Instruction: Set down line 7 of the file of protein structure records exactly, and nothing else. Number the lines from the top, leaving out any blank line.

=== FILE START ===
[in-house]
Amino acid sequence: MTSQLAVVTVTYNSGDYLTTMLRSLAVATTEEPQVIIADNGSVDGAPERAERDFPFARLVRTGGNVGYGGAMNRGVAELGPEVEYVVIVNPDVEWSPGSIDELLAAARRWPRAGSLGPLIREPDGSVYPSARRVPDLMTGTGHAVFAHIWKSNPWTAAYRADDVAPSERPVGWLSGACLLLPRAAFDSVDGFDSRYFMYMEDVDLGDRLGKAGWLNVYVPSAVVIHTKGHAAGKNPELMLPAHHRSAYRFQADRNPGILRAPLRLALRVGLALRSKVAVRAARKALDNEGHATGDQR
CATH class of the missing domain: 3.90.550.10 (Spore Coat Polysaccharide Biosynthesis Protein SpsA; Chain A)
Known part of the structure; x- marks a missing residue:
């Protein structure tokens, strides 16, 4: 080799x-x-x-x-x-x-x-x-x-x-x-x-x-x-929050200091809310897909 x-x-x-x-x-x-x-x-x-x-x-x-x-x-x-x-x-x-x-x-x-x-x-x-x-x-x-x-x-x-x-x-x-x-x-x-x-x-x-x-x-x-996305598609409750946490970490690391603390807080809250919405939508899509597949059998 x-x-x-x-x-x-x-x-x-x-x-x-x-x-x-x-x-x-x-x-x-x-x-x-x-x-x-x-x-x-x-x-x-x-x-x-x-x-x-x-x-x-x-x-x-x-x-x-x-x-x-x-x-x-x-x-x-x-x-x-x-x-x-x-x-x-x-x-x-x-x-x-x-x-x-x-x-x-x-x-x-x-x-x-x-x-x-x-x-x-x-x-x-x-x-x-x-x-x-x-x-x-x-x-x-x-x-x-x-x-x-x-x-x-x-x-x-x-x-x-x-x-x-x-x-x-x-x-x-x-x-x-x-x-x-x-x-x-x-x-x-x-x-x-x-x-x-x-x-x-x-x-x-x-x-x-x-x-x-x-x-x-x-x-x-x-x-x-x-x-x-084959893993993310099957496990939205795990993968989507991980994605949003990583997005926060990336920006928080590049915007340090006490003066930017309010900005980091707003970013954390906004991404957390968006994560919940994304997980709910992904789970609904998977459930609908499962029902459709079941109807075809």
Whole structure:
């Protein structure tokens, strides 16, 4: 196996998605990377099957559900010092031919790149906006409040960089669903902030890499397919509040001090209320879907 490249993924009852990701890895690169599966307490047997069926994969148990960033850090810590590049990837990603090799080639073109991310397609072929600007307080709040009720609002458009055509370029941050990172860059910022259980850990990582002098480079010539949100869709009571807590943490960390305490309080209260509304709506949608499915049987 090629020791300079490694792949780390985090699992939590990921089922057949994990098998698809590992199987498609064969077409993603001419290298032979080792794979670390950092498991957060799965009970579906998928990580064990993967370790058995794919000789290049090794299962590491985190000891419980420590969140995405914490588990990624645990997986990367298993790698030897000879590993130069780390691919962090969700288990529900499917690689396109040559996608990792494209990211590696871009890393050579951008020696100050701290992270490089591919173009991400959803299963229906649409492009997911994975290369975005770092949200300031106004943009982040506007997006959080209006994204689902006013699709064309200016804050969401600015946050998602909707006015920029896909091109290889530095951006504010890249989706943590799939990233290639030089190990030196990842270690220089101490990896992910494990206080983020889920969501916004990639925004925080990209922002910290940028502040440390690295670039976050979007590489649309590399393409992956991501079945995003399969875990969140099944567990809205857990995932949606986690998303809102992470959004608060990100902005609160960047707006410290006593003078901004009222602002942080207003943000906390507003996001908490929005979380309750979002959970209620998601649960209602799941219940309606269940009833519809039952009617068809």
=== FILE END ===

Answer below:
């Protein structure tokens, strides 16, 4: 196996998605990377099957559900010092031919790149906006409040960089669903902030890499397919509040001090209320879907 490249993924009852990701890895690169599966307490047997069926994969148990960033850090810590590049990837990603090799080639073109991310397609072929600007307080709040009720609002458009055509370029941050990172860059910022259980850990990582002098480079010539949100869709009571807590943490960390305490309080209260509304709506949608499915049987 090629020791300079490694792949780390985090699992939590990921089922057949994990098998698809590992199987498609064969077409993603001419290298032979080792794979670390950092498991957060799965009970579906998928990580064990993967370790058995794919000789290049090794299962590491985190000891419980420590969140995405914490588990990624645990997986990367298993790698030897000879590993130069780390691919962090969700288990529900499917690689396109040559996608990792494209990211590696871009890393050579951008020696100050701290992270490089591919173009991400959803299963229906649409492009997911994975290369975005770092949200300031106004943009982040506007997006959080209006994204689902006013699709064309200016804050969401600015946050998602909707006015920029896909091109290889530095951006504010890249989706943590799939990233290639030089190990030196990842270690220089101490990896992910494990206080983020889920969501916004990639925004925080990209922002910290940028502040440390690295670039976050979007590489649309590399393409992956991501079945995003399969875990969140099944567990809205857990995932949606986690998303809102992470959004608060990100902005609160960047707006410290006593003078901004009222602002942080207003943000906390507003996001908490929005979380309750979002959970209620998601649960209602799941219940309606269940009833519809039952009617068809």